Here is how the bill favoured REDAN:
First, the bill seeks to establish the Real Estate Regulatory Council of Nigeria.
** The bill states that the Council shall regulate the business of real estate development in Nigeria in consultation with REDAN.
** Similarly, the Council is empowered to register and licence all real estate developers in Nigeria through the institutional guidelines of REDAN.
** The council shall renew the licence of real estate developers annually, upon payment of the prescribed fees and fulfilment of all requirements as recommended by REDAN.
** The Council shall register, maintain, and update the register of all real estate development projects ratified by REDAN to have met set standards of Industry practices.
** The Council shall work through REDAN to monitor, investigate, and sanction registered and licensed real estate _ developers that violate the provisions of the bill. It shall also work through REDAN to investigate and penalise unlicensed real estate developers who violate the laws.
** The prescribed fees and fulfilment of all requirements prescribed under this Act will be through recommendation by REDAN;
** The Council shall have a Governing Council chairman, appointed by the Minister on the recommendation of REDAN. And a Secretary of the Council; who shall be appointed by the Council on the recommendation REDAN.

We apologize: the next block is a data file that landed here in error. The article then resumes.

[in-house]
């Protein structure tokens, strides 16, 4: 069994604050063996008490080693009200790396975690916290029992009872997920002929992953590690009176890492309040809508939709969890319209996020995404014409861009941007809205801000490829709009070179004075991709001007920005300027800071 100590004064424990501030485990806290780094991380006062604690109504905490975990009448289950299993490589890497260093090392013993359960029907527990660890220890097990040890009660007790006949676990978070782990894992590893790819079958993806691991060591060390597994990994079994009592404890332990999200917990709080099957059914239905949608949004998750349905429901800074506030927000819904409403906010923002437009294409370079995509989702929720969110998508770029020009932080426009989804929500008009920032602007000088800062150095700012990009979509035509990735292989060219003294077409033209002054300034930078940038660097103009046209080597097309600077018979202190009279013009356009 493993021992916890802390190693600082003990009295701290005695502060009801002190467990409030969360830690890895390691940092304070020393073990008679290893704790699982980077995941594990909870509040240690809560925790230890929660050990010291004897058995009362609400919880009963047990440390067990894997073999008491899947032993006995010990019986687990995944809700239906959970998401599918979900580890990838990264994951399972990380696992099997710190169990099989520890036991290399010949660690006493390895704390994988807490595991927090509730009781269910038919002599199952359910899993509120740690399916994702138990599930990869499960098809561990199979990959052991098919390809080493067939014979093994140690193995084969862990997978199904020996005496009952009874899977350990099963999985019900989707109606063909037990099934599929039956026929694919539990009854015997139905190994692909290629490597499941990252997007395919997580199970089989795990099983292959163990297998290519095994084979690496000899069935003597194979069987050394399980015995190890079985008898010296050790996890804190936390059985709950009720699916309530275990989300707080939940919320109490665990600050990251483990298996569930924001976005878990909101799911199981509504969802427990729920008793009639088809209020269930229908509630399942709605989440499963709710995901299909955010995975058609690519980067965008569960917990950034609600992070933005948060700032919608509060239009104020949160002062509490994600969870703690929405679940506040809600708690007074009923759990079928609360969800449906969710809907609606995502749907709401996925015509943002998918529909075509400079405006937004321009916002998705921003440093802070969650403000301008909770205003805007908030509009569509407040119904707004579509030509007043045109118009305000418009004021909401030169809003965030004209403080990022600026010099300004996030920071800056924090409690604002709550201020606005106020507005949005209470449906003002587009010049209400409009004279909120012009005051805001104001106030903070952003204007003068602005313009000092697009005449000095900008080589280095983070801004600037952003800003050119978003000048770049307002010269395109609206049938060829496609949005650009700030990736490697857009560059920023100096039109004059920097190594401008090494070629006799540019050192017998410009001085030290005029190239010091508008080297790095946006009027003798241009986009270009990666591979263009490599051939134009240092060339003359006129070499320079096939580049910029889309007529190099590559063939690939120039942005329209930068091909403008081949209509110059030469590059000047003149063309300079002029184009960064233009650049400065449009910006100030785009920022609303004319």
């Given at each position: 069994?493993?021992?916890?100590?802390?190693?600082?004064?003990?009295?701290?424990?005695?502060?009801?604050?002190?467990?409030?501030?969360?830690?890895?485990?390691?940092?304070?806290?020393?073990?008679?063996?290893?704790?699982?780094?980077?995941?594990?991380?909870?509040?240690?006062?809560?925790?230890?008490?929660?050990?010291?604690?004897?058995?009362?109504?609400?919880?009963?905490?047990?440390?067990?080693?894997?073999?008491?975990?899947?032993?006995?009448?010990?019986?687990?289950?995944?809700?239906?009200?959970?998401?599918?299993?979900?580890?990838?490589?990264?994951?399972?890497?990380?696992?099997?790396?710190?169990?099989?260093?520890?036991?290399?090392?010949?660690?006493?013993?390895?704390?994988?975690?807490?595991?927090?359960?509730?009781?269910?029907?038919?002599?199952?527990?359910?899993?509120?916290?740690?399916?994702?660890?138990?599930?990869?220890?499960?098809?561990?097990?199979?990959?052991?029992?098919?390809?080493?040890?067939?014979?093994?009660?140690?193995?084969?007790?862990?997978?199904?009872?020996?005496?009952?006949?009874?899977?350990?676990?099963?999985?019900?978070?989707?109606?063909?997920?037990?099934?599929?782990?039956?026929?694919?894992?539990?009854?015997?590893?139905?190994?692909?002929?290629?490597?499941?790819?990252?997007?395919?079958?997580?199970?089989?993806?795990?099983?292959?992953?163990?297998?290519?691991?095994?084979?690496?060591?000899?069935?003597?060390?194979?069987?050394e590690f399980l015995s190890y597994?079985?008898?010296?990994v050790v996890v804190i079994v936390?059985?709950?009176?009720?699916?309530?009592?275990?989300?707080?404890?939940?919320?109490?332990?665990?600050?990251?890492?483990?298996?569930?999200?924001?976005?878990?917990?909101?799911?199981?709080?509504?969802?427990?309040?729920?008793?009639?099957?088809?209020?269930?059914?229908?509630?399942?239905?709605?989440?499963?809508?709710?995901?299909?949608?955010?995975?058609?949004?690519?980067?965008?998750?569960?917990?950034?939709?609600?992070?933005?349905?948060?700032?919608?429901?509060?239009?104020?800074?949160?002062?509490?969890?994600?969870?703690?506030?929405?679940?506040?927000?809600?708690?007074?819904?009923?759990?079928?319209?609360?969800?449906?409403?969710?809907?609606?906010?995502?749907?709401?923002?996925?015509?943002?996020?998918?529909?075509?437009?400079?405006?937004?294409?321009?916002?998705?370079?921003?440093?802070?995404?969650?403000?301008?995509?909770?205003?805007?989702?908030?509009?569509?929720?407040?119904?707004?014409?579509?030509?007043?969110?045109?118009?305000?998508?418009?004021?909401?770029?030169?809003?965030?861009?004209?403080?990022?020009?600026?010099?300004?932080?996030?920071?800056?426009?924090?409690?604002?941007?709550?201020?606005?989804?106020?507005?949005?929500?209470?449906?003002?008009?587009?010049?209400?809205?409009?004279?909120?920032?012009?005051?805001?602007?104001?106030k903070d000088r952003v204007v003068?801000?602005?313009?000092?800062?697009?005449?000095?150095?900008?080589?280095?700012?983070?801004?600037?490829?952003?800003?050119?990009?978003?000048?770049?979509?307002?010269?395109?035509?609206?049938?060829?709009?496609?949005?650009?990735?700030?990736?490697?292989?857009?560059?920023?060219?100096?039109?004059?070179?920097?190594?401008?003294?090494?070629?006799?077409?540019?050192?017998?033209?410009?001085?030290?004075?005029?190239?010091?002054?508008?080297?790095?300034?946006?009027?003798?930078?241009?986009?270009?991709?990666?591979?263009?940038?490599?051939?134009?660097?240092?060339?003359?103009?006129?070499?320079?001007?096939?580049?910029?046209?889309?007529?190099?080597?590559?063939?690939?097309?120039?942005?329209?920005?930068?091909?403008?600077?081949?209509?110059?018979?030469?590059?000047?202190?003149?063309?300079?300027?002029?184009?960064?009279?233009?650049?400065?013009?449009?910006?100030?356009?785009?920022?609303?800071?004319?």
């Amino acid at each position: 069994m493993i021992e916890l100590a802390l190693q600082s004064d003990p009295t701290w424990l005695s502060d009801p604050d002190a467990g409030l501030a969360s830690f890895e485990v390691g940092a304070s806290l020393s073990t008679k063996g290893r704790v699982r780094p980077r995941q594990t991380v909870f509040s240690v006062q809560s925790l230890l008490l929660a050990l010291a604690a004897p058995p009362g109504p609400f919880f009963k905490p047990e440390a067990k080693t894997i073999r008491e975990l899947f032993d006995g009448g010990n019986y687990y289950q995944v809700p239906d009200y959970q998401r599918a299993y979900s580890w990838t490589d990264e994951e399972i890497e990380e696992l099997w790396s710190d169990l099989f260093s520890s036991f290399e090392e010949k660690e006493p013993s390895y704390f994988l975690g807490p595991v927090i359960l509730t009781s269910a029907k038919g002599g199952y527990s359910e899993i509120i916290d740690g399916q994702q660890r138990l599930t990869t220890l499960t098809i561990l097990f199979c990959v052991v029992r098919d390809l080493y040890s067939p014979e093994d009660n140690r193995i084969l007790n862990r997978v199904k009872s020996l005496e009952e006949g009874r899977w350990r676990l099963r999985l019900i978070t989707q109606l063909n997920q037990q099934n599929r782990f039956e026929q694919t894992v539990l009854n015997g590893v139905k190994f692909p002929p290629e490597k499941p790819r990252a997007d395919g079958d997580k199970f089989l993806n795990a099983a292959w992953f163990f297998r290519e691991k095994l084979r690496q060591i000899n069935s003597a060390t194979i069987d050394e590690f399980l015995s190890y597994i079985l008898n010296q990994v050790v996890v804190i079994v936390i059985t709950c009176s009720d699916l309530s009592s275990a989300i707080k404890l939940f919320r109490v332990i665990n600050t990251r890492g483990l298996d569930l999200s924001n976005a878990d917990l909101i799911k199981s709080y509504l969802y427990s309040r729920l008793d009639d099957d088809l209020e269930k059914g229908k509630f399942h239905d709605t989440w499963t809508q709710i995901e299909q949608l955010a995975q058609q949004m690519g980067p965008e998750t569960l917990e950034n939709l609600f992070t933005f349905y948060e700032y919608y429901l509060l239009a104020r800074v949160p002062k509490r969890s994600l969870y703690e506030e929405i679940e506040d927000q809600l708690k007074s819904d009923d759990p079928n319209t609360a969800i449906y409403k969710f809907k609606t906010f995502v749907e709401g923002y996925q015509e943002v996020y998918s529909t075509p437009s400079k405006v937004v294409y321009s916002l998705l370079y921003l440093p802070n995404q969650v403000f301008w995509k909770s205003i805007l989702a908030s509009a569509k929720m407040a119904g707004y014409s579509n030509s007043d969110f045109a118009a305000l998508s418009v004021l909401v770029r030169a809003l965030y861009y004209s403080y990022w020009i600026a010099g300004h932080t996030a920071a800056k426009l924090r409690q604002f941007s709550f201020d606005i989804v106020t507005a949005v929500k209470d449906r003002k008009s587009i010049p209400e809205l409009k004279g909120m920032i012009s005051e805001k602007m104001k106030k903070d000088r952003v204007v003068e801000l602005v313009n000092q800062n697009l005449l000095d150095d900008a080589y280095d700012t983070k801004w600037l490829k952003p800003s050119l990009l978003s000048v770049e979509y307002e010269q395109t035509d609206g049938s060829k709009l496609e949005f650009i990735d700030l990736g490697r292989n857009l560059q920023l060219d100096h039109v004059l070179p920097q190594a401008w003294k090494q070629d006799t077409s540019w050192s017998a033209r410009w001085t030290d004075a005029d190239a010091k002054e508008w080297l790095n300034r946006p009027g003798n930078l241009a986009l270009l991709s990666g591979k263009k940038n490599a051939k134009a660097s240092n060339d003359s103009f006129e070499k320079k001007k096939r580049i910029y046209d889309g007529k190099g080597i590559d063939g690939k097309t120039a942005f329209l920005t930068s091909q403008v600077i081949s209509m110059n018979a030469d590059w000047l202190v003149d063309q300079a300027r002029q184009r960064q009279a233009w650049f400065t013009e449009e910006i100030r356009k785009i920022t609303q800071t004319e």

** The Minister may remove the chairman of the council from office on the recommendation of the Council and or REDAN if the Minister is of the opinion that it is not in the interest of the Council for the chairman to continue in office.
** The Council will also prescribe fees, fines, and charges to be paid – as recommended by REDAN.
** A total of 10 per cent of the annual revenue of REDAN is to be paid to the Council’s fund.
In its statement, REDAN did not deny that the bill as passed by the Senate and sent to the President favours it. The association, however, said it welcomes new “amendments, recommendations or inputs that could make the Bill better, to strengthen and deepen Real Estate Development as in other climes.”
Despite the controversy surrounding the bill and our revelation that it was not passed by both chambers of the National Assembly, REDAN restated its call for President Tinubu to sign the controversial bill into law.
“REDAN leadership hereby reiterate our call to President Bola Ahmed Tinubu to assent to the Bill for the interest of Nigeria’s economy as the RECON Bill stands to cure the inherited problems of collapse building, money laundering, and terrorism financing prevalent in the real estate and construction industry, in line with the Renewed Hope Agenda,” Mr Wamakko said in the statement.
However, Mr Tinubu cannot sign the bill at this point because it is over 30 days since the bill was transmitted by the Clerk of the National Assembly for assent and the bill was not signed within the period prescribed by Section 58 of the Nigerian constitution.
Separate versions of the bill have now been brought back to the two chambers of the National Assembly as fresh bills.